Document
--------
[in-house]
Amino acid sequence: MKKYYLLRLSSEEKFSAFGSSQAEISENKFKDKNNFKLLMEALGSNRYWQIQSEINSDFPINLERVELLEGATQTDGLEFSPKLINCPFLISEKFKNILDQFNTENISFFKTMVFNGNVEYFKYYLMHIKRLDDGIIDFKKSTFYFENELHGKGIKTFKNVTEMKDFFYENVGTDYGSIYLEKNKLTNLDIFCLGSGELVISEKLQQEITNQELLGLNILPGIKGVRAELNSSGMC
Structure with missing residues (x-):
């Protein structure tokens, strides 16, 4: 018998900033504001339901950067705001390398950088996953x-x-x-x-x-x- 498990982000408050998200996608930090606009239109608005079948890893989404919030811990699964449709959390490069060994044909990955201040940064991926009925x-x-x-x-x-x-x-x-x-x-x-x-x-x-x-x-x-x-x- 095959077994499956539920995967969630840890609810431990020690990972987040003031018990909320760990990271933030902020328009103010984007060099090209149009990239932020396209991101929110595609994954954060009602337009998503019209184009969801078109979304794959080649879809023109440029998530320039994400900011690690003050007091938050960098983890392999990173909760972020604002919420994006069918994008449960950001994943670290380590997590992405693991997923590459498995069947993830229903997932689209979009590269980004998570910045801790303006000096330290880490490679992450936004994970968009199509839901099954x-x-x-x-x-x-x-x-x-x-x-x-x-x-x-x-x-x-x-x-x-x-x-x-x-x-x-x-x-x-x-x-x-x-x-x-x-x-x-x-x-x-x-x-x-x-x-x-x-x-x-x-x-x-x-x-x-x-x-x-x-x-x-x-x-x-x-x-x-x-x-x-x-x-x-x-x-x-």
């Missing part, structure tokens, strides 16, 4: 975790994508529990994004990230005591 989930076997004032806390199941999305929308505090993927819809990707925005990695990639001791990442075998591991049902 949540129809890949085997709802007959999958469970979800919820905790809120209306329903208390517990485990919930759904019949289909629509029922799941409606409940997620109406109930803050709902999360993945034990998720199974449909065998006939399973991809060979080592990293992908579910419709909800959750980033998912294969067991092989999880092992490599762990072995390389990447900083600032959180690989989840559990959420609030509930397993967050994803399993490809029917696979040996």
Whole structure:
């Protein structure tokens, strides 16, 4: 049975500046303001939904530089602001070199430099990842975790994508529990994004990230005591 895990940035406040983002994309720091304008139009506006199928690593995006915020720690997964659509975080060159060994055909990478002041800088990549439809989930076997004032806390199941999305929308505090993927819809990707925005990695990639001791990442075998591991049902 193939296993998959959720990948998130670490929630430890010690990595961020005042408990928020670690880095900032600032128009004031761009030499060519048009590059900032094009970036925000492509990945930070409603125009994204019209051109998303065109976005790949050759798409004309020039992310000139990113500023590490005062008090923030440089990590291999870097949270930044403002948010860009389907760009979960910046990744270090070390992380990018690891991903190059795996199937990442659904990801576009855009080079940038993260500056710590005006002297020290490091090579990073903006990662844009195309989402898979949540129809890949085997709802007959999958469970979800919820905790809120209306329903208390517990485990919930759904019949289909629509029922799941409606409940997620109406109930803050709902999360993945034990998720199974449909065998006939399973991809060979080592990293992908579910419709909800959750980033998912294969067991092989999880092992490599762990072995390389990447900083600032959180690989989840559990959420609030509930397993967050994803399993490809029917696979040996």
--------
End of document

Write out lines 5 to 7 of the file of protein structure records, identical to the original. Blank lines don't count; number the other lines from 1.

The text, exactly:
């Missing part, structure tokens, strides 16, 4: 975790994508529990994004990230005591 989930076997004032806390199941999305929308505090993927819809990707925005990695990639001791990442075998591991049902 949540129809890949085997709802007959999958469970979800919820905790809120209306329903208390517990485990919930759904019949289909629509029922799941409606409940997620109406109930803050709902999360993945034990998720199974449909065998006939399973991809060979080592990293992908579910419709909800959750980033998912294969067991092989999880092992490599762990072995390389990447900083600032959180690989989840559990959420609030509930397993967050994803399993490809029917696979040996």
Whole structure:
């Protein structure tokens, strides 16, 4: 049975500046303001939904530089602001070199430099990842975790994508529990994004990230005591 895990940035406040983002994309720091304008139009506006199928690593995006915020720690997964659509975080060159060994055909990478002041800088990549439809989930076997004032806390199941999305929308505090993927819809990707925005990695990639001791990442075998591991049902 193939296993998959959720990948998130670490929630430890010690990595961020005042408990928020670690880095900032600032128009004031761009030499060519048009590059900032094009970036925000492509990945930070409603125009994204019209051109998303065109976005790949050759798409004309020039992310000139990113500023590490005062008090923030440089990590291999870097949270930044403002948010860009389907760009979960910046990744270090070390992380990018690891991903190059795996199937990442659904990801576009855009080079940038993260500056710590005006002297020290490091090579990073903006990662844009195309989402898979949540129809890949085997709802007959999958469970979800919820905790809120209306329903208390517990485990919930759904019949289909629509029922799941409606409940997620109406109930803050709902999360993945034990998720199974449909065998006939399973991809060979080592990293992908579910419709909800959750980033998912294969067991092989999880092992490599762990072995390389990447900083600032959180690989989840559990959420609030509930397993967050994803399993490809029917696979040996």